7. Skyefire

    Skyefire Approved members

    Joined:
    Mar 1, 2008
    Messages:
    1,083
    Some of it is just the age!! My dd is 10 going on 11 and I do child care for 4 other girls all between the ages of 8-11 and the Attitude is CRAZY!! I do think Emily (D) has one of the worst attitudes, cranky mouthy etc but then again the others have there days with my own dd topping the list!
     
  8. mom2Hanna

    mom2Hanna Approved members

    Joined:
    Jul 6, 2008
    Messages:
    972
    My 9 yo non-d who has always been the easiest kid is turning into miss attitude also. I really think its the age for her, she is making that switch from being a little girl into a preteen. I'm sure adding d into the mix at this age would just make it harder. I know I struggle with my 12 yo knowing if the behavior is diabetes or normal puberty/hormone stuff.
     
  9. CassiesMama

    CassiesMama Approved members

    Joined:
    Jan 17, 2010
    Messages:
    363
    Thanks guys, I think when we go to the endo on friday I will ask them if they have a list of therapists that work well with kids who are newly dx'd. We use to get a little bit of attitude before but now its just crazy. I hope it helps. After I posted I sat down and asked her to just tell me what was wrong took a few but then she just started balling about how much she hates D, and how unfair it is. I told her I can understand that she hates it and wishes it would never had picked her but that was no reason to be disrespectful to us or not follow the rules around the house. Also told her that we will try to find her a feelings doc. I know this too shall pass but man give us a break already, lol.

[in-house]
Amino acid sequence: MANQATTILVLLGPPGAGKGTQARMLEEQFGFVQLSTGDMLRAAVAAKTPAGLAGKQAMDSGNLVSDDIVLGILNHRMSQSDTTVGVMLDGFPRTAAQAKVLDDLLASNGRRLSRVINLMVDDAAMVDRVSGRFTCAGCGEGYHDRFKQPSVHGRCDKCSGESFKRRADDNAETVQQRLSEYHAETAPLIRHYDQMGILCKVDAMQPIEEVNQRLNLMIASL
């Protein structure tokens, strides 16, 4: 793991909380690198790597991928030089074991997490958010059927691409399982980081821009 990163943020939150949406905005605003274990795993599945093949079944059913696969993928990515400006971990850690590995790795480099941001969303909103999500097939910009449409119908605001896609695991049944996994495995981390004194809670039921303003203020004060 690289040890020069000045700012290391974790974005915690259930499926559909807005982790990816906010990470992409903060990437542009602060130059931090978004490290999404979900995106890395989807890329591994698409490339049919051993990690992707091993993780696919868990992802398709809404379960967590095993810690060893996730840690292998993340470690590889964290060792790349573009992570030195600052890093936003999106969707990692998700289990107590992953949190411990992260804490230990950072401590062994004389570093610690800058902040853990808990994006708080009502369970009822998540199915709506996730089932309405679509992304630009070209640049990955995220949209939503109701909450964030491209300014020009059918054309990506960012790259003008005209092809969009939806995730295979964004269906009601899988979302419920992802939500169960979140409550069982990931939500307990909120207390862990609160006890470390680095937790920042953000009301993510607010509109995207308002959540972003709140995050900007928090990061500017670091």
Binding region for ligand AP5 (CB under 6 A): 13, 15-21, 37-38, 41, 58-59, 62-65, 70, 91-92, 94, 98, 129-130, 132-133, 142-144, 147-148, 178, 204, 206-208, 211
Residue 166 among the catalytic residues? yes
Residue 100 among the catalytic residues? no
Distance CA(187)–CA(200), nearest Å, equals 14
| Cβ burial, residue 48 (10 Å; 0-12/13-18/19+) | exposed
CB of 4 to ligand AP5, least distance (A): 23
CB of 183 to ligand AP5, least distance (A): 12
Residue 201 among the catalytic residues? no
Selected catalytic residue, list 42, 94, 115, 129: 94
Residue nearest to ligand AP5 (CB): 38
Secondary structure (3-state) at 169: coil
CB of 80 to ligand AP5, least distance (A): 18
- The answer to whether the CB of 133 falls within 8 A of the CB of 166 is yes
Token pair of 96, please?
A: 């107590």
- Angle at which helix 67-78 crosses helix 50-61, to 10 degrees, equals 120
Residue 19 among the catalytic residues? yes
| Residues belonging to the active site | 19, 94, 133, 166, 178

Share This Page

- advertisement -

  1. This site uses cookies to help personalise content, tailor your experience and to keep you logged in if you register.
    By continuing to use this site, you are consenting to our use of cookies.
    Dismiss Notice